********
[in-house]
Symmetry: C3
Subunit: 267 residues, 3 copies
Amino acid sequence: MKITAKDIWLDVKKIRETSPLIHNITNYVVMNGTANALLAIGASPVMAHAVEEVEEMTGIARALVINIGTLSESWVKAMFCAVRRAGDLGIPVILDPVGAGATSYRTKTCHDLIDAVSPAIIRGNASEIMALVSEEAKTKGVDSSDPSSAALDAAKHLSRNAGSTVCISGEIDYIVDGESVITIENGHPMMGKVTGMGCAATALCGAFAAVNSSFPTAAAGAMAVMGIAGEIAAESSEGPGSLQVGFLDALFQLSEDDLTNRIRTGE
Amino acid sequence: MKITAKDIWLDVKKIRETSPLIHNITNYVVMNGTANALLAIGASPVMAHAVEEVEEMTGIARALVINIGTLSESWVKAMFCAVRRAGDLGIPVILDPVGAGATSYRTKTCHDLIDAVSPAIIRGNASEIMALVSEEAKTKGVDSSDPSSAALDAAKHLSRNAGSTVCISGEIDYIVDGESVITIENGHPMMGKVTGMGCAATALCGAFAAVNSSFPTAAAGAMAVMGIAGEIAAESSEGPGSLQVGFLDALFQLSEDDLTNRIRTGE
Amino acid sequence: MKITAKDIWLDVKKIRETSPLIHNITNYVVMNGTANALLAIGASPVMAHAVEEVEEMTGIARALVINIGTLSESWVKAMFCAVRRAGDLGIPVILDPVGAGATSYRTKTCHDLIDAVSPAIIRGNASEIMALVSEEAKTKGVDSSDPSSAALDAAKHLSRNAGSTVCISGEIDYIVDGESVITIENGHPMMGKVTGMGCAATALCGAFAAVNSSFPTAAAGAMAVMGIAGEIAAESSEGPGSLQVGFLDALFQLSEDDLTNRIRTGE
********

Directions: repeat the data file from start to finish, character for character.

[in-house]
Symmetry: C3
Subunit: 267 residues, 3 copies
Amino acid sequence: MKITAKDIWLDVKKIRETSPLIHNITNYVVMNGTANALLAIGASPVMAHAVEEVEEMTGIARALVINIGTLSESWVKAMFCAVRRAGDLGIPVILDPVGAGATSYRTKTCHDLIDAVSPAIIRGNASEIMALVSEEAKTKGVDSSDPSSAALDAAKHLSRNAGSTVCISGEIDYIVDGESVITIENGHPMMGKVTGMGCAATALCGAFAAVNSSFPTAAAGAMAVMGIAGEIAAESSEGPGSLQVGFLDALFQLSEDDLTNRIRTGE
Amino acid sequence: MKITAKDIWLDVKKIRETSPLIHNITNYVVMNGTANALLAIGASPVMAHAVEEVEEMTGIARALVINIGTLSESWVKAMFCAVRRAGDLGIPVILDPVGAGATSYRTKTCHDLIDAVSPAIIRGNASEIMALVSEEAKTKGVDSSDPSSAALDAAKHLSRNAGSTVCISGEIDYIVDGESVITIENGHPMMGKVTGMGCAATALCGAFAAVNSSFPTAAAGAMAVMGIAGEIAAESSEGPGSLQVGFLDALFQLSEDDLTNRIRTGE
Amino acid sequence: MKITAKDIWLDVKKIRETSPLIHNITNYVVMNGTANALLAIGASPVMAHAVEEVEEMTGIARALVINIGTLSESWVKAMFCAVRRAGDLGIPVILDPVGAGATSYRTKTCHDLIDAVSPAIIRGNASEIMALVSEEAKTKGVDSSDPSSAALDAAKHLSRNAGSTVCISGEIDYIVDGESVITIENGHPMMGKVTGMGCAATALCGAFAAVNSSFPTAAAGAMAVMGIAGEIAAESSEGPGSLQVGFLDALFQLSEDDLTNRIRTGE